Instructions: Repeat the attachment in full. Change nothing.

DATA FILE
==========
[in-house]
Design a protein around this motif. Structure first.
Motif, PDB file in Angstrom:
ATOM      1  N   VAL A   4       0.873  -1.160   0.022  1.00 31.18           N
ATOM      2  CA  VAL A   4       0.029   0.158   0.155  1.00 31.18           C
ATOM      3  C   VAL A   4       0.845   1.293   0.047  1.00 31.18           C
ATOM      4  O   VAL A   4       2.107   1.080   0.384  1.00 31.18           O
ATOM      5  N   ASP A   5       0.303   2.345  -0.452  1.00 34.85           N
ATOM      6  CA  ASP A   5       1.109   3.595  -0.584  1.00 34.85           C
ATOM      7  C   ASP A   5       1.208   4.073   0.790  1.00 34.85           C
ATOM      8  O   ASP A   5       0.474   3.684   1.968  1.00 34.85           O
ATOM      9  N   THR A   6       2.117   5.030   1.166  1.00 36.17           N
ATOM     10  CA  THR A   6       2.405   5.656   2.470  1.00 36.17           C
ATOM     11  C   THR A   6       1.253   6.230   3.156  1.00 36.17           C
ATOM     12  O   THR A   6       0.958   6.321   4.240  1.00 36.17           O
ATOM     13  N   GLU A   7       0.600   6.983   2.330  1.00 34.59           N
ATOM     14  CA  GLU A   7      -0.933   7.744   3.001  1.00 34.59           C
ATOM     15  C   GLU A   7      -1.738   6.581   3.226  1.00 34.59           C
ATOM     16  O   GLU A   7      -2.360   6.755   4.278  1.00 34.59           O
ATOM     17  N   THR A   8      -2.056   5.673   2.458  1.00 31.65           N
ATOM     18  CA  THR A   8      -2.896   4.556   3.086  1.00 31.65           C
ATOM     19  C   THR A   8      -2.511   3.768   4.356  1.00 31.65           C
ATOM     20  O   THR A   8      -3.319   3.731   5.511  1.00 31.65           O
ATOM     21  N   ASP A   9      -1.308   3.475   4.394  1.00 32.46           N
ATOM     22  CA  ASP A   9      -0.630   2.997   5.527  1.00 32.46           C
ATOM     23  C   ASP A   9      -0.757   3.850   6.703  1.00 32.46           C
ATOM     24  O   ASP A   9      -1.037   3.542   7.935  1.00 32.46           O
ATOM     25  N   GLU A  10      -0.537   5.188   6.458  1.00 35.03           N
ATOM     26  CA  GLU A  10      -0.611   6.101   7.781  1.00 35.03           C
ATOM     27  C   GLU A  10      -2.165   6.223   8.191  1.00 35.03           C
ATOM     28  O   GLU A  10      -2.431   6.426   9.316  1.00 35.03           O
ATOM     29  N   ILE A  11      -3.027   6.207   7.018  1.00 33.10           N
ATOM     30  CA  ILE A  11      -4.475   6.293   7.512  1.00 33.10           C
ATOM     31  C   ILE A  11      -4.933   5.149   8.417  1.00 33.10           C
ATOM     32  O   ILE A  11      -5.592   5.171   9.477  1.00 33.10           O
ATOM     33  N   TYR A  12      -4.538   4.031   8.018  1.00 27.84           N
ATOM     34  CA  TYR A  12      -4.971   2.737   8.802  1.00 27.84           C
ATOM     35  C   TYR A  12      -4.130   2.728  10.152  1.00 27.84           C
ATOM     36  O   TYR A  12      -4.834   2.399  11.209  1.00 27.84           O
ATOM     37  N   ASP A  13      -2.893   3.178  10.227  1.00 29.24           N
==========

[in-house]
Design a protein around this motif. Structure first.
Motif, PDB file in Angstrom:
ATOM      1  N   VAL A   4       0.873  -1.160   0.022  1.00 31.18           N
ATOM      2  CA  VAL A   4       0.029   0.158   0.155  1.00 31.18           C
ATOM      3  C   VAL A   4       0.845   1.293   0.047  1.00 31.18           C
ATOM      4  O   VAL A   4       2.107   1.080   0.384  1.00 31.18           O
ATOM      5  N   ASP A   5       0.303   2.345  -0.452  1.00 34.85           N
ATOM      6  CA  ASP A   5       1.109   3.595  -0.584  1.00 34.85           C
ATOM      7  C   ASP A   5       1.208   4.073   0.790  1.00 34.85           C
ATOM      8  O   ASP A   5       0.474   3.684   1.968  1.00 34.85           O
ATOM      9  N   THR A   6       2.117   5.030   1.166  1.00 36.17           N
ATOM     10  CA  THR A   6       2.405   5.656   2.470  1.00 36.17           C
ATOM     11  C   THR A   6       1.253   6.230   3.156  1.00 36.17           C
ATOM     12  O   THR A   6       0.958   6.321   4.240  1.00 36.17           O
ATOM     13  N   GLU A   7       0.600   6.983   2.330  1.00 34.59           N
ATOM     14  CA  GLU A   7      -0.933   7.744   3.001  1.00 34.59           C
ATOM     15  C   GLU A   7      -1.738   6.581   3.226  1.00 34.59           C
ATOM     16  O   GLU A   7      -2.360   6.755   4.278  1.00 34.59           O
ATOM     17  N   THR A   8      -2.056   5.673   2.458  1.00 31.65           N
ATOM     18  CA  THR A   8      -2.896   4.556   3.086  1.00 31.65           C
ATOM     19  C   THR A   8      -2.511   3.768   4.356  1.00 31.65           C
ATOM     20  O   THR A   8      -3.319   3.731   5.511  1.00 31.65           O
ATOM     21  N   ASP A   9      -1.308   3.475   4.394  1.00 32.46           N
ATOM     22  CA  ASP A   9      -0.630   2.997   5.527  1.00 32.46           C
ATOM     23  C   ASP A   9      -0.757   3.850   6.703  1.00 32.46           C
ATOM     24  O   ASP A   9      -1.037   3.542   7.935  1.00 32.46           O
ATOM     25  N   GLU A  10      -0.537   5.188   6.458  1.00 35.03           N
ATOM     26  CA  GLU A  10      -0.611   6.101   7.781  1.00 35.03           C
ATOM     27  C   GLU A  10      -2.165   6.223   8.191  1.00 35.03           C
ATOM     28  O   GLU A  10      -2.431   6.426   9.316  1.00 35.03           O
ATOM     29  N   ILE A  11      -3.027   6.207   7.018  1.00 33.10           N
ATOM     30  CA  ILE A  11      -4.475   6.293   7.512  1.00 33.10           C
ATOM     31  C   ILE A  11      -4.933   5.149   8.417  1.00 33.10           C
ATOM     32  O   ILE A  11      -5.592   5.171   9.477  1.00 33.10           O
ATOM     33  N   TYR A  12      -4.538   4.031   8.018  1.00 27.84           N
ATOM     34  CA  TYR A  12      -4.971   2.737   8.802  1.00 27.84           C
ATOM     35  C   TYR A  12      -4.130   2.728  10.152  1.00 27.84           C
ATOM     36  O   TYR A  12      -4.834   2.399  11.209  1.00 27.84           O
ATOM     37  N   ASP A  13      -2.893   3.178  10.227  1.00 29.24           N